HARRISBURG, Pa. — The U.S. Justice Department claimed in a lawsuit filed Thursday that a major drug wholesaler contributed to the deadly toll from opioids by turning a blind eye to warning signs about suspicious sales to its pharmacy customers.
The 87-page civil enforcement action accuses AmerisourceBergen Corp. and two subsidiaries of failing to properly scrutinize orders for suspicious activity.
It claims the AmerisourceBergen entities “repeatedly refused or negligently failed” to report orders from pharmacy companies they “had reason to know were allowing opioids and other controlled substances to be diverted into illegal channels.”
“When drug distributors like AmerisourceBergen fail to alert the DEA of suspicious orders of prescription drugs by pharmacies, they shirk a key obligation in dealing with addictive drugs that can end lives,” Cole Finegan, the U.S. attorney in Colorado, said in a release announcing the case had been filed.
AmerisourceBergen, based in Conshohocken, Pennsylvania, released a statement in response saying the federal complaint cherry-picked pharmacies among its tens of thousands of customers “while ignoring the absence of action” by the Drug Enforcement Administration.
“Even in these five hand selected examples presented by the DOJ, AmerisourceBergen verified DEA registration and State Board of Pharmacy licenses before filling any orders, conducted extensive due diligence into these customers, reported every sale of every controlled substances to the DEA, and reported suspicious orders of controlled substances to the DEA for every one of these pharmacies -– hundreds of suspicious orders in total,” the company said.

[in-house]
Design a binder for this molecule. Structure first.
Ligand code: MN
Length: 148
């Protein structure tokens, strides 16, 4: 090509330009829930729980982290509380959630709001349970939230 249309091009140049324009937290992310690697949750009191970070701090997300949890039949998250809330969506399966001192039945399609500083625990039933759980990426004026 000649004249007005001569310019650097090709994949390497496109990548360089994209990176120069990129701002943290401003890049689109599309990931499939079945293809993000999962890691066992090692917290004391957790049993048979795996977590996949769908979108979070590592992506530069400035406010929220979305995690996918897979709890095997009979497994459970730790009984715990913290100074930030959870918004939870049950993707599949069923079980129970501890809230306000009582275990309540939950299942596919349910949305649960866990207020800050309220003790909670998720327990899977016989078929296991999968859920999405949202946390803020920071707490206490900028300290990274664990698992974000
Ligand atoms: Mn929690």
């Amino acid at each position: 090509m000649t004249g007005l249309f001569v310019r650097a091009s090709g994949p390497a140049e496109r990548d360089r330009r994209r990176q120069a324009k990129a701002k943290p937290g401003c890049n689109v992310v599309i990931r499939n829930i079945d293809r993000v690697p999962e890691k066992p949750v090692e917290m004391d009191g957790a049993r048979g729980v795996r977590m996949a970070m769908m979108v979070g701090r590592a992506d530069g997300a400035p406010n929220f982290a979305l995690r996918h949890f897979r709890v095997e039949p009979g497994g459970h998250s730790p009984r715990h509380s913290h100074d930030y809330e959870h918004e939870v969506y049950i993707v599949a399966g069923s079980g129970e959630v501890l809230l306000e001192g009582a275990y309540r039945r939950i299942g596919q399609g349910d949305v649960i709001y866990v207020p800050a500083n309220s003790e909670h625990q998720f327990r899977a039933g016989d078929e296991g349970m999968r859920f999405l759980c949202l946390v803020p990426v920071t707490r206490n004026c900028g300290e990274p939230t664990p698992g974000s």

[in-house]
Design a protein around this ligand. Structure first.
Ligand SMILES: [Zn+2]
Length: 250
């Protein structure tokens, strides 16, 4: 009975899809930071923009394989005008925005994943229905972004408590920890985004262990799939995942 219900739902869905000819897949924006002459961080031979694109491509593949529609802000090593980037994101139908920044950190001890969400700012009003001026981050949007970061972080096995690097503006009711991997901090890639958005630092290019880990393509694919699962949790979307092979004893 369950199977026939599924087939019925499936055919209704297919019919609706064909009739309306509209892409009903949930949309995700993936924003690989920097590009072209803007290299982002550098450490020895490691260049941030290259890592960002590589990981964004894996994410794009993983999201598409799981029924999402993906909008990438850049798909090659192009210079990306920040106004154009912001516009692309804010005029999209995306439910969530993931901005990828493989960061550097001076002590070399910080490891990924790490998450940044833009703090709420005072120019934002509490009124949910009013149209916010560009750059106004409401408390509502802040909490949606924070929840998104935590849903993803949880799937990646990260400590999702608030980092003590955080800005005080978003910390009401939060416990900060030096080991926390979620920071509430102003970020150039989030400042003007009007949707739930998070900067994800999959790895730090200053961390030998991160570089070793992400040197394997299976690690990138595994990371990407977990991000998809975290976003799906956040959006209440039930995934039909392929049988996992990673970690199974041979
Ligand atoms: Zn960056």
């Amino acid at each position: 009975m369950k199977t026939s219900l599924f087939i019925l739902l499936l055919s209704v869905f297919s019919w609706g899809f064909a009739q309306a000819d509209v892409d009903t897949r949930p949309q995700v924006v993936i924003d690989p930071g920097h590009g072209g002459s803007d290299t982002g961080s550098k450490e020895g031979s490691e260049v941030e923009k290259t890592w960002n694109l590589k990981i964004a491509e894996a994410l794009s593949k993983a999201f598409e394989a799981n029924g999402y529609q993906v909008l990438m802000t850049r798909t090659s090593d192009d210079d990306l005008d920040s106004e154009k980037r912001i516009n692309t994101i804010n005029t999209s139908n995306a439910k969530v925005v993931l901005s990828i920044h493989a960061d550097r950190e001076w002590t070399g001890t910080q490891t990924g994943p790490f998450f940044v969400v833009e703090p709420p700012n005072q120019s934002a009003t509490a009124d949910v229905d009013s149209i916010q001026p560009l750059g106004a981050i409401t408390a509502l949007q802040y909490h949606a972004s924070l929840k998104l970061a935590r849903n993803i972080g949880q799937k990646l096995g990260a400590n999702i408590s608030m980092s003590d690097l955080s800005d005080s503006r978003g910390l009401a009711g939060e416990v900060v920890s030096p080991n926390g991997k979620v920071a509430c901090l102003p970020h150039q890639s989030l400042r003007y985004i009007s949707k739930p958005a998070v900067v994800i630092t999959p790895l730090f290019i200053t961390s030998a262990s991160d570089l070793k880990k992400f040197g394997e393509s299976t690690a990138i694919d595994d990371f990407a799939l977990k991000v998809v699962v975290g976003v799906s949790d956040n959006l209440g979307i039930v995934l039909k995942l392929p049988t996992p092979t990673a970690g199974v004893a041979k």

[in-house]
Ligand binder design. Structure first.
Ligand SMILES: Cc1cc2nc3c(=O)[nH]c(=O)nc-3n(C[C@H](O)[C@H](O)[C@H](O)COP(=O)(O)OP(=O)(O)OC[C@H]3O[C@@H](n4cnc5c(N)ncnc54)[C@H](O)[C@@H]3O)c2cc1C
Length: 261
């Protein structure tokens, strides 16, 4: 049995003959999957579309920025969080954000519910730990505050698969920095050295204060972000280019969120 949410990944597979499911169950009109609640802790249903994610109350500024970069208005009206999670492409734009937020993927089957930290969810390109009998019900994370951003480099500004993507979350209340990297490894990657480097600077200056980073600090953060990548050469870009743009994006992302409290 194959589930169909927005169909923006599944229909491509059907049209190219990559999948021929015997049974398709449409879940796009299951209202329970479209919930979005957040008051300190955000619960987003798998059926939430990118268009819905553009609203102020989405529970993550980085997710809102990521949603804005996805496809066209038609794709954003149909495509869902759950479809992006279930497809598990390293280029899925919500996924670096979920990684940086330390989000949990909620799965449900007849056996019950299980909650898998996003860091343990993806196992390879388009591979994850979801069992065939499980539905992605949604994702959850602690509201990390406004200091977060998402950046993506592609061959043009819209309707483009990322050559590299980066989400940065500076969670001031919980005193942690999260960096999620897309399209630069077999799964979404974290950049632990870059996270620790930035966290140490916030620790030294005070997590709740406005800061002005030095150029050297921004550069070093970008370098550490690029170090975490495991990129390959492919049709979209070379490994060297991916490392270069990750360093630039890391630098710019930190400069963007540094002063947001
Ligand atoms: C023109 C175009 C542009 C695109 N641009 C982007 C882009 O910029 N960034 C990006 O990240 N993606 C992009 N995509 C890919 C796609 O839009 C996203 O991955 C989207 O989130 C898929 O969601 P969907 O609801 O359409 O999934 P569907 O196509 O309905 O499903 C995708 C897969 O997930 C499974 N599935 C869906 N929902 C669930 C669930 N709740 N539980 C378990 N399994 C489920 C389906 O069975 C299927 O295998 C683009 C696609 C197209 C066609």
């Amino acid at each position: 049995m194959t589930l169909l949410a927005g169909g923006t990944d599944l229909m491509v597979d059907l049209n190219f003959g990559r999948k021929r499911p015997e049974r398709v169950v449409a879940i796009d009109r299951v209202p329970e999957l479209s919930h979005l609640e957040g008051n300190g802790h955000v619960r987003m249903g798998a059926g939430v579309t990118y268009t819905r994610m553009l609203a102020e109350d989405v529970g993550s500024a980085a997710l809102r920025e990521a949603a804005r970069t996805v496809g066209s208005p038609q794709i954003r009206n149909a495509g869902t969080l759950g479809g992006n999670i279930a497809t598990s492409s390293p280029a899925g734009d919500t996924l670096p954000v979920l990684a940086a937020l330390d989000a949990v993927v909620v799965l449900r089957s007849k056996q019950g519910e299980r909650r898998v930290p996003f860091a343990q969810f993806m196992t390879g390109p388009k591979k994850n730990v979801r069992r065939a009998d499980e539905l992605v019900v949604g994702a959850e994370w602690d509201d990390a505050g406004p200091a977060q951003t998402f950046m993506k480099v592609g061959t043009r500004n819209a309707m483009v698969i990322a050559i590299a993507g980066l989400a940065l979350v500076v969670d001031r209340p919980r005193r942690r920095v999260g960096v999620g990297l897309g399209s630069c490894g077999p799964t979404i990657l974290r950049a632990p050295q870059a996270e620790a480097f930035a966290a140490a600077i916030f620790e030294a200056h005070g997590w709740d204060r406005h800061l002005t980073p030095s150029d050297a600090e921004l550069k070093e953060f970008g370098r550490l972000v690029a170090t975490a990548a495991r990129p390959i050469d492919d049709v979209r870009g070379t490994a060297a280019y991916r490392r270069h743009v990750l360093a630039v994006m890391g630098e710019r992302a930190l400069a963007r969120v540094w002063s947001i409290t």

Opioids have been linked to more than 500,000 U.S. deaths during the past two decades.
In seeking fines and an injunction, the Justice Department alleged the company committed hundreds of thousands of violations of the U.S. Controlled Substances Act over the past eight years.
Among other things, the complaint describes how AmerisourceBergen’s sales representatives were assigned to duties related to identifying illegal diversion of opioids, calling it a conflict of interest that made it more likely red flags would be missed or ignored.
DEA Administrator Anne Milgram said in a statement that AmerisourceBergen engaged in “repeated and systemic failures” to report suspicious orders to her agency.